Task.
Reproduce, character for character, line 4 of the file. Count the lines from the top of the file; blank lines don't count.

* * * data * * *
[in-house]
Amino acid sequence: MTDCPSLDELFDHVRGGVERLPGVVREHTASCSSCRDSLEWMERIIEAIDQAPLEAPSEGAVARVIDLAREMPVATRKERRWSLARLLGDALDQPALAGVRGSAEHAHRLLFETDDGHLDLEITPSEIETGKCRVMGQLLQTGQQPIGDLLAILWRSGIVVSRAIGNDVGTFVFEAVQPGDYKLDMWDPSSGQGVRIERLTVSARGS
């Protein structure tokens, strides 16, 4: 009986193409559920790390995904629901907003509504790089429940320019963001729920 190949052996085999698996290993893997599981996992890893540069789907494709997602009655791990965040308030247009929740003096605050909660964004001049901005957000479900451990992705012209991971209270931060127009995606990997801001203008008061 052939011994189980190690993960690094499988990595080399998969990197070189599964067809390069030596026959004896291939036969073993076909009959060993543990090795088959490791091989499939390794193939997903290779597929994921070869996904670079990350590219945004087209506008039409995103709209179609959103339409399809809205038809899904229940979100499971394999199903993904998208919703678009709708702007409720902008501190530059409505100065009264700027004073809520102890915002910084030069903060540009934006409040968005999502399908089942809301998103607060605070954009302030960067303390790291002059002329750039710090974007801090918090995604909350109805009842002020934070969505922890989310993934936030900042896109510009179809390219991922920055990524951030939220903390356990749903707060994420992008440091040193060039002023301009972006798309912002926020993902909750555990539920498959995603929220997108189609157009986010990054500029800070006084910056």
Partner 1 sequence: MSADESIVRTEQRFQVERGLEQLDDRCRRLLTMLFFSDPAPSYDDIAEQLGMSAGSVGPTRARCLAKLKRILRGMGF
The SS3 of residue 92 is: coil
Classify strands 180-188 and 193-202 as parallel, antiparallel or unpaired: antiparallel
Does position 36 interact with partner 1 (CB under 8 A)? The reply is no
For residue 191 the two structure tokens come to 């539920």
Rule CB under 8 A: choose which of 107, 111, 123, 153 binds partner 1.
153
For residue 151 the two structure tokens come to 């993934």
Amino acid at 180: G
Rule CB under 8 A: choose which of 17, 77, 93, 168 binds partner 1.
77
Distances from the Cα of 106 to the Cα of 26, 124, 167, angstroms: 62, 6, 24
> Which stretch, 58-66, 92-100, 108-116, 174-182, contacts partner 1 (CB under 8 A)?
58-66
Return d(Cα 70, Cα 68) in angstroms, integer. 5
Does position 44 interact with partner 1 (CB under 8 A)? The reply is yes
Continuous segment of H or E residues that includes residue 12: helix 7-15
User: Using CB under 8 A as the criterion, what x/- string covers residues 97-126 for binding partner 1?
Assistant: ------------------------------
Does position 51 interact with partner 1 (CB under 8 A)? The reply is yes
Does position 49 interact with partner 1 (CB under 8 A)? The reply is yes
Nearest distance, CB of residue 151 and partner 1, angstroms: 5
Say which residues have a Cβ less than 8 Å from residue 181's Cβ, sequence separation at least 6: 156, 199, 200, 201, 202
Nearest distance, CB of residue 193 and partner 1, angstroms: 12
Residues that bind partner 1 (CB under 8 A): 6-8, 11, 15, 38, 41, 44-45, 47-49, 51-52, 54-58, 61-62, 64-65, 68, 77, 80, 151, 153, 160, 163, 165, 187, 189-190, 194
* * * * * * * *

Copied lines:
Partner 1 sequence: MSADESIVRTEQRFQVERGLEQLDDRCRRLLTMLFFSDPAPSYDDIAEQLGMSAGSVGPTRARCLAKLKRILRGMGF